The dark season is here in the Northern Hemisphere. And maybe it is dark for you in multiple ways. You may fear the future. It can be a comfort and a guide to remember that all beings, including the Buddha, faced the darkness of the unknown.
After many years and lifetimes of effort, after leaving home and family, after studying and leaving various teachers and friends, after a long solitary quest, the Buddha attained that glimpse into the nature of things that we call enlightenment. And what happened next? He faced unknown. Unsure that he could ever convey what happened to him, he went wandering. He was literally aimless–goal accomplished, all striving ended. He was no longer driven by his old story line. Now what?
In the Christian calendar, this time is called Advent. Advent comes from the Latin word “adventus,” which means “coming.” It is a time of opening to the darkness of the unknown, which in many traditions including Buddhism, is the very definition of faith. Faith is not insisting on a certain set of beliefs. It is a willingness to be present to what is instead of clinging to a story with a fixed conclusion. What will come? A new light? Or will it stay dark? We don’t know. And no words can help. What can we do? We may feel as if we are wandering lost.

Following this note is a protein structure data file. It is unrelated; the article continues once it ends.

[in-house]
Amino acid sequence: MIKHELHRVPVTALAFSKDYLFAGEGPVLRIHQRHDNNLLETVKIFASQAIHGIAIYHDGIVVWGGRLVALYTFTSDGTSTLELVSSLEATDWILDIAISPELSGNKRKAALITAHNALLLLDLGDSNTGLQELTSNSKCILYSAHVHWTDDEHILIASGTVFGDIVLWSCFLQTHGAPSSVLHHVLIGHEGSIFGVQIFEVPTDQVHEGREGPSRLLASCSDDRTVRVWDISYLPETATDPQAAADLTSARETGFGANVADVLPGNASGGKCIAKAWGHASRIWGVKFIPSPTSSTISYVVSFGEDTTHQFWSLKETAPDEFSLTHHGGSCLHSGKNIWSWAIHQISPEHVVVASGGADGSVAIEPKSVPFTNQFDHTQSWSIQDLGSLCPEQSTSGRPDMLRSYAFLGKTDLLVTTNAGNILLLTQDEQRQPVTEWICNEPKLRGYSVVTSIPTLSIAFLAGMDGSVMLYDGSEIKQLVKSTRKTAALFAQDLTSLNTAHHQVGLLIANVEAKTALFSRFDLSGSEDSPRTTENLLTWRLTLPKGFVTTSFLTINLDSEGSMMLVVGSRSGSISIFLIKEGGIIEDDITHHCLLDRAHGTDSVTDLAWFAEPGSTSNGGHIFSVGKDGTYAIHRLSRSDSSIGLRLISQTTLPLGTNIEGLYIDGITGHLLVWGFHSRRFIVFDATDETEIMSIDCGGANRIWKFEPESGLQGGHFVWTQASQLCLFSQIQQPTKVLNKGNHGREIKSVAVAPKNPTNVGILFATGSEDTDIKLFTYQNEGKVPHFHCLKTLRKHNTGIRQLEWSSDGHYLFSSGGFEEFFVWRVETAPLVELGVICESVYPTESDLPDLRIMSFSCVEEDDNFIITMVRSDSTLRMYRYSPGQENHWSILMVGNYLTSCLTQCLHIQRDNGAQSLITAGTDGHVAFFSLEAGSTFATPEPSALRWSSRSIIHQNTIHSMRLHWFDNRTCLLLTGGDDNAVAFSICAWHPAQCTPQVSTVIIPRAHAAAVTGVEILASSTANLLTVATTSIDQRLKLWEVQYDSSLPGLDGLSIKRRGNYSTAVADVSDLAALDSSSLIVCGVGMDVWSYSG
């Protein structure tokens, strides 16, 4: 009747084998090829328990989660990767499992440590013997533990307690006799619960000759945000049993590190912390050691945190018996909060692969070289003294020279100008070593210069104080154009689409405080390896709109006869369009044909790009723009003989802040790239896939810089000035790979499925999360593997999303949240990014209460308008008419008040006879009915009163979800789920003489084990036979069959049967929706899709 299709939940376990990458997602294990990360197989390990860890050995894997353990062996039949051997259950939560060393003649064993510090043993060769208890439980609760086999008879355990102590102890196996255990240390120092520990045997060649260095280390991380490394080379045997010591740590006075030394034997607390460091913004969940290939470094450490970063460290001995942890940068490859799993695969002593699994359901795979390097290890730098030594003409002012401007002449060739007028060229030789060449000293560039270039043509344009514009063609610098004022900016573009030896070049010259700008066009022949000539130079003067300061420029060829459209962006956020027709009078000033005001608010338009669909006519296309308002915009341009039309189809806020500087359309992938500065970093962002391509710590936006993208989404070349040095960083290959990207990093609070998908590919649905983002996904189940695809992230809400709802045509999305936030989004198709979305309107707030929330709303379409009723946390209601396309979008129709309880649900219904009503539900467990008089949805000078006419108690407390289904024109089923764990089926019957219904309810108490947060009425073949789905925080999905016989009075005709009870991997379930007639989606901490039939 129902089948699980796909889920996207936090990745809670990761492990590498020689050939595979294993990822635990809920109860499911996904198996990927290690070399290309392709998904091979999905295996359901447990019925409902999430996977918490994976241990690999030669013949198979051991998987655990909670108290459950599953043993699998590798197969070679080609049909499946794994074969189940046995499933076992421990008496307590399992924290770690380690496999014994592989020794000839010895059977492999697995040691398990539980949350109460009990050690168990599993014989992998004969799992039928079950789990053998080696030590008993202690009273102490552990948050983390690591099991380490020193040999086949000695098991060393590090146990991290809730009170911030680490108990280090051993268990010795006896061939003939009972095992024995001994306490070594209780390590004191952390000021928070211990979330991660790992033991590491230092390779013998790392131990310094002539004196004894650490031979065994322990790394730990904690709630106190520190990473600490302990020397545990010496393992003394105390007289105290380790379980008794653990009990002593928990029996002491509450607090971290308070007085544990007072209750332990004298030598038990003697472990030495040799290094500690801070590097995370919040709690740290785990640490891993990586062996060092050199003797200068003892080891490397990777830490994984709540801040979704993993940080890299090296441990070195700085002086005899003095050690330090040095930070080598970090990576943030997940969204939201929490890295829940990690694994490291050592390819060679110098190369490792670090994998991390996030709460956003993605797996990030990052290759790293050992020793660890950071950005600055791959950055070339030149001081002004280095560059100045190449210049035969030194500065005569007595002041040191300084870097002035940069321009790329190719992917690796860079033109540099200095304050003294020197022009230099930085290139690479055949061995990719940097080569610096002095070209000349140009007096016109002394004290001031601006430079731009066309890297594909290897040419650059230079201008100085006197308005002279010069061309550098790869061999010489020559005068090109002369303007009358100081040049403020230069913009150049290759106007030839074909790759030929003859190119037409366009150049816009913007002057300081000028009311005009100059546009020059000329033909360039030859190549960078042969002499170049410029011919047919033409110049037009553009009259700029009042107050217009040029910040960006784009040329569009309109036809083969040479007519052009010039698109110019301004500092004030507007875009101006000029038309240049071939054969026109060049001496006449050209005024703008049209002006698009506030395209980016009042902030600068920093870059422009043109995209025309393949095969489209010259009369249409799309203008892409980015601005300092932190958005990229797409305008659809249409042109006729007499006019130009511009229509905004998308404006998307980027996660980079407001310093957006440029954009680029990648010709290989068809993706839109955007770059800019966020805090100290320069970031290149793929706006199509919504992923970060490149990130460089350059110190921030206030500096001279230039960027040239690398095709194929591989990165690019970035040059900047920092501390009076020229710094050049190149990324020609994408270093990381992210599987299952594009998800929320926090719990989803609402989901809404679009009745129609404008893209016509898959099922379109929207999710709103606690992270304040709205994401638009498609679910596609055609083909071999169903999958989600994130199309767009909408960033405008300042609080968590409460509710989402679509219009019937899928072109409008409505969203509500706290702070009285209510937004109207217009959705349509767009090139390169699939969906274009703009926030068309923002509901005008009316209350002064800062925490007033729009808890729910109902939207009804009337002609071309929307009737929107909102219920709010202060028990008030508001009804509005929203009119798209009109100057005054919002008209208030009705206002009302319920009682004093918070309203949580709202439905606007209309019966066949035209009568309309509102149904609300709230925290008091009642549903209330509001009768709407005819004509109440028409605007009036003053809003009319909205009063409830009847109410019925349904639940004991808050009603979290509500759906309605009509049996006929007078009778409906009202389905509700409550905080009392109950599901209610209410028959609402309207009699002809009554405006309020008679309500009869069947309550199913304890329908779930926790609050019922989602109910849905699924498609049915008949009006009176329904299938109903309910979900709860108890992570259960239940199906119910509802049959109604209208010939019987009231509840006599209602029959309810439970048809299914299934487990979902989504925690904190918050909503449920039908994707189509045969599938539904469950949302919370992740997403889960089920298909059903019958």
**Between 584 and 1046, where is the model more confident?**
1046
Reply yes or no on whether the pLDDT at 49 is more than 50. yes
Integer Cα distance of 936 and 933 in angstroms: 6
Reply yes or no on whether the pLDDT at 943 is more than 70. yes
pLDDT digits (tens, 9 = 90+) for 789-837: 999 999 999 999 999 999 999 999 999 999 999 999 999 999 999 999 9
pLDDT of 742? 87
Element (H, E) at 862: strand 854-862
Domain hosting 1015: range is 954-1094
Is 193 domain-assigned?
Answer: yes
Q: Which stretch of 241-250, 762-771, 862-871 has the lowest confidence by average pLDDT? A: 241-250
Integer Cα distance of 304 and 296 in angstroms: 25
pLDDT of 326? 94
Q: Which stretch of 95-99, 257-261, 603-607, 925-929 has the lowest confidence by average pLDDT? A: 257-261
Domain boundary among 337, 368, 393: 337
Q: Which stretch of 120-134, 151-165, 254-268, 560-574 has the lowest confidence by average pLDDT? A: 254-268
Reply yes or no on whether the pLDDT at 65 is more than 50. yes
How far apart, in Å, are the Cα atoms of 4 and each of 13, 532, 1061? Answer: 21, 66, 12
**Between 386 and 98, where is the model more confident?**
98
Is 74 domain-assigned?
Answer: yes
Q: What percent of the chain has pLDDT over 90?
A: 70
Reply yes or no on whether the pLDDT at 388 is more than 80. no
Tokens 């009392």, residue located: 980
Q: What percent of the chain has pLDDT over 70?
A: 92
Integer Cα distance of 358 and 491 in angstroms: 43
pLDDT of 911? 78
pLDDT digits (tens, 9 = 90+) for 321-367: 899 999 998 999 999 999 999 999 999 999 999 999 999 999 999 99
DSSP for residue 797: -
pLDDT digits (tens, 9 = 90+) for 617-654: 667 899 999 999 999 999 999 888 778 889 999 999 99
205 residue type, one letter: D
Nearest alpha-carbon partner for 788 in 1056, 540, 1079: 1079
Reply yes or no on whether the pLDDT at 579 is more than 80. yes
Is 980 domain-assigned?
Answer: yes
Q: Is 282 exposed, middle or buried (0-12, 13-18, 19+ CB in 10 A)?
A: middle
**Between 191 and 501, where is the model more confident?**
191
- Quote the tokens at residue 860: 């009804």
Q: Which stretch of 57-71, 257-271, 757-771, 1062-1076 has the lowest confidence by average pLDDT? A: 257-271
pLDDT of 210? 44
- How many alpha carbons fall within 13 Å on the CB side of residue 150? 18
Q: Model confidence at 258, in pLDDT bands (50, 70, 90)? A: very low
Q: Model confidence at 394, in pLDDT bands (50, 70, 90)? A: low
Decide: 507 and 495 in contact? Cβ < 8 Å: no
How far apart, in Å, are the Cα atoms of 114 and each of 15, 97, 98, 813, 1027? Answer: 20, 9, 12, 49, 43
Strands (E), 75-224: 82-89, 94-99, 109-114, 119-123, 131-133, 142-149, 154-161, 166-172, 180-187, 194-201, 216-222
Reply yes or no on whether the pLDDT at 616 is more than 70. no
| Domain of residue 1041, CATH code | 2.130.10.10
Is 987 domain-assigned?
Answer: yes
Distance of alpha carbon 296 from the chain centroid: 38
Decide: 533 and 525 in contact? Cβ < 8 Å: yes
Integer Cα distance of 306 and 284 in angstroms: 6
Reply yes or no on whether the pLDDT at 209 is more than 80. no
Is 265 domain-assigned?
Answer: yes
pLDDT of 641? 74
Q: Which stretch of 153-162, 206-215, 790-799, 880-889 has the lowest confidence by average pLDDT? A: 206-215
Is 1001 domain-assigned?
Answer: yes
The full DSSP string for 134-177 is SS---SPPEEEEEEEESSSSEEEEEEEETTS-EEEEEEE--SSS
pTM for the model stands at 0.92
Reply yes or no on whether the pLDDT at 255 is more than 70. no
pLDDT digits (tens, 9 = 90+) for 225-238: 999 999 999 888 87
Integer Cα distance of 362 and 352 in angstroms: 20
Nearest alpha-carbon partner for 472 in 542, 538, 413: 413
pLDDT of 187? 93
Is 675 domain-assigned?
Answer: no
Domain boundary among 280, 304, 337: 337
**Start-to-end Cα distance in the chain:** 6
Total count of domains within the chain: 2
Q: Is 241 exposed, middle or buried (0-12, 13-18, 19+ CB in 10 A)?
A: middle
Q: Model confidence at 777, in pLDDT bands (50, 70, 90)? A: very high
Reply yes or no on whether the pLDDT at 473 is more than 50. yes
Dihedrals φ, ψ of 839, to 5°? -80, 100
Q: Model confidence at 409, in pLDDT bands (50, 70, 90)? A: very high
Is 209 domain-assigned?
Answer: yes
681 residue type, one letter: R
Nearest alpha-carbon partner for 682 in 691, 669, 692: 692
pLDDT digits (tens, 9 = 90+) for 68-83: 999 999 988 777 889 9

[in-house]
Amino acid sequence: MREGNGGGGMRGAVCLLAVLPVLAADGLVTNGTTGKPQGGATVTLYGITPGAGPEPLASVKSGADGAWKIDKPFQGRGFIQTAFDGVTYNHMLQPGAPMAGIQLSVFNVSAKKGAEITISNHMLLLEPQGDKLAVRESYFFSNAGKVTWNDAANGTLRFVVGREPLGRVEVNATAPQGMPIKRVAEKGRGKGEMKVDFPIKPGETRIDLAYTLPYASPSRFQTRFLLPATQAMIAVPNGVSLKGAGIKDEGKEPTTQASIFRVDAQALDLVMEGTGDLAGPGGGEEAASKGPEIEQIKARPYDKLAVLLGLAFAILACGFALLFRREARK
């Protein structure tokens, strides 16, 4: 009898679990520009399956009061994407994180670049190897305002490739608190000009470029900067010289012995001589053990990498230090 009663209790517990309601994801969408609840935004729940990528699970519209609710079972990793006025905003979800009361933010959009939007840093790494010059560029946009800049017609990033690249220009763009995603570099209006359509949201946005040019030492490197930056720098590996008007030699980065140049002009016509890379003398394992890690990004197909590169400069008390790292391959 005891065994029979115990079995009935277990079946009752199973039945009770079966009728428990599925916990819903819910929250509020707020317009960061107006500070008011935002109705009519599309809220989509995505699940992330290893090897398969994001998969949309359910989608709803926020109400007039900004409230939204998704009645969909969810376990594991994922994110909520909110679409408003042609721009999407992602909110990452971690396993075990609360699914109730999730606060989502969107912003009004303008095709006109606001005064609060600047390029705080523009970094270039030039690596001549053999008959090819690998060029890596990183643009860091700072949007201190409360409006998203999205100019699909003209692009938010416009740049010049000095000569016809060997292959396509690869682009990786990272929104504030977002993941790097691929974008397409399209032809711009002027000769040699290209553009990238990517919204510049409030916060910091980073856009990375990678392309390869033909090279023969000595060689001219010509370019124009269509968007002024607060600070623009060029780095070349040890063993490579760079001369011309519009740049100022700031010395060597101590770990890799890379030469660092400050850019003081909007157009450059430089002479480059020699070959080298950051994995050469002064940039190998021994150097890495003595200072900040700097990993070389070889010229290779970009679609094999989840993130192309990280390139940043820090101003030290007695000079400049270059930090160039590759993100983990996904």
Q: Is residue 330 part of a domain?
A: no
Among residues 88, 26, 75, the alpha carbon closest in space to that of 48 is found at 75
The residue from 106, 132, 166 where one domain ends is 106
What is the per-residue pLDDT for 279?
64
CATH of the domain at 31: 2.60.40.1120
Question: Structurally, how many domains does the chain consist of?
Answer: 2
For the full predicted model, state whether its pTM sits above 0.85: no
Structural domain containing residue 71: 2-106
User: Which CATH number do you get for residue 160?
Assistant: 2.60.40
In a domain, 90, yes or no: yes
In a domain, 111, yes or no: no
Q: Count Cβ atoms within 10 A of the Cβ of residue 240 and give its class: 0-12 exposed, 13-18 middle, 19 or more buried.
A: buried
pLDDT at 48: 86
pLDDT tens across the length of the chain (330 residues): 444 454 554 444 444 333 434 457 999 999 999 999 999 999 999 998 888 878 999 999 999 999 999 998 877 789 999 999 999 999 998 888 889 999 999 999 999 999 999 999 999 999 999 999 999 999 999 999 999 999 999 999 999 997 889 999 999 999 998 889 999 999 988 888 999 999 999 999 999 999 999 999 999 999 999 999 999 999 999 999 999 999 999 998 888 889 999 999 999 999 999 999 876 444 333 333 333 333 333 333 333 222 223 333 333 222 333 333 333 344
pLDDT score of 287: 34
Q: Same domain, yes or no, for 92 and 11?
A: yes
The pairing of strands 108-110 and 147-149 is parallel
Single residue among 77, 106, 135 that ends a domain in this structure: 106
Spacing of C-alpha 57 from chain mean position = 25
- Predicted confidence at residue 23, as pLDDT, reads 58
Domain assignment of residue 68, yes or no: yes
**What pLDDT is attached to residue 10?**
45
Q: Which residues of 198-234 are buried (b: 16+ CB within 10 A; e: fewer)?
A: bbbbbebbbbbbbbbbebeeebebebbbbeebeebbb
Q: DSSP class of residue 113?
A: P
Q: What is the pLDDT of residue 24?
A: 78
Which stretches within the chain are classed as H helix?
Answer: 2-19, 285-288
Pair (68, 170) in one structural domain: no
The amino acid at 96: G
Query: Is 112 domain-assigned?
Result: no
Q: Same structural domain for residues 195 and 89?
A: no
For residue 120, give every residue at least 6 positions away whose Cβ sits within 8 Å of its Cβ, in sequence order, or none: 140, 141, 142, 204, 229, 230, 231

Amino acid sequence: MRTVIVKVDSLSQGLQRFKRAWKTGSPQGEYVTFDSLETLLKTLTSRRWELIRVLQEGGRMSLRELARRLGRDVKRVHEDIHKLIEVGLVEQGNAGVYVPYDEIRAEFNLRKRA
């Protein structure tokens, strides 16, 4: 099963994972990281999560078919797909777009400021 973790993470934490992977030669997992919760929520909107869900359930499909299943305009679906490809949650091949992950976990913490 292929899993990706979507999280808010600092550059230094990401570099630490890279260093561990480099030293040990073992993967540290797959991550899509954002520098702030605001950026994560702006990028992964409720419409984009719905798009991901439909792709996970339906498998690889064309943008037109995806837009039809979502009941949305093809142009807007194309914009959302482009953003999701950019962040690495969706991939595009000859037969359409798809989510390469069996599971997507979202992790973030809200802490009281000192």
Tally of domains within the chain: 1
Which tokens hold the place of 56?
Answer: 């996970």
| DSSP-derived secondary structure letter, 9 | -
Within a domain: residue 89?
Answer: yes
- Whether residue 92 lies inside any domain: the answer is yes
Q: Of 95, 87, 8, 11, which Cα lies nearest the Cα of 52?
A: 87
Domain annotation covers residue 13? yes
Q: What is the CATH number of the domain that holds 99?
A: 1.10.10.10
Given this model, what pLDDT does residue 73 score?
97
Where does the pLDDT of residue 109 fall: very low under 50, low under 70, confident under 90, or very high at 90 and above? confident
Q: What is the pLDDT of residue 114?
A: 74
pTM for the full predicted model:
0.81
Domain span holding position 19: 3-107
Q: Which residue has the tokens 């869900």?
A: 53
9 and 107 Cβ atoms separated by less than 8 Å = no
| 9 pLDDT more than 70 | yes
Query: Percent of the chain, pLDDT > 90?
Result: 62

We do our best to remember to return to the awareness of the present moment, aware of our senses and our breath and the world around us. This can feel like such a small act. But in the midst of it might occur to us that reality is vast and intelligent and that something marvelous is coming, something beyond our wildest dreams.
You may doubt this. You may find it hard to believe there will be even a tiny ray of sunlight through the clouds. I understand. You may feel terrified about the future or horribly disappointed by life. You may feel a creeping hopelessness, a sense that there won’t be enough light, no safe place of freedom and ease for you, for so many in this world.
Go small, this is my experience. Remember your youngest notions of what is essential and good. Offer someone a kind word or a glass of water or a smile. Pick an old person, a stranger on the street, and just smile, no matter how you feel. Or try this, an experiment from Buddhist monk Matthieu Ricard: “Every hour spend ten seconds wishing someone happiness. It’s transformative.”
And here is another way of thinking of being open to the darkness of the unknown, this one from C.S. Lewis in Mere Christianity: “Imagine yourself as a living house. God comes in to rebuild that house. At first, perhaps, you can understand what He is doing. He is getting the drains right and stopping the leaks in the roof and so on; you knew that those jobs needed doing and so you are not surprised. But presently He starts knocking the house about in a way that hurts abominably and does not seem to make any sense. What on earth is He up to? The explanation is that He is building quite a different house from the one you thought of – throwing out a new wing here, putting on an extra floor there, running up towers, making courtyards. You thought you were being made into a decent little cottage: but He is building a palace. He intends to come and live in it Himself.”
The Buddha could imagine what his life would be like after enlightenment. Reality is greater than any story line.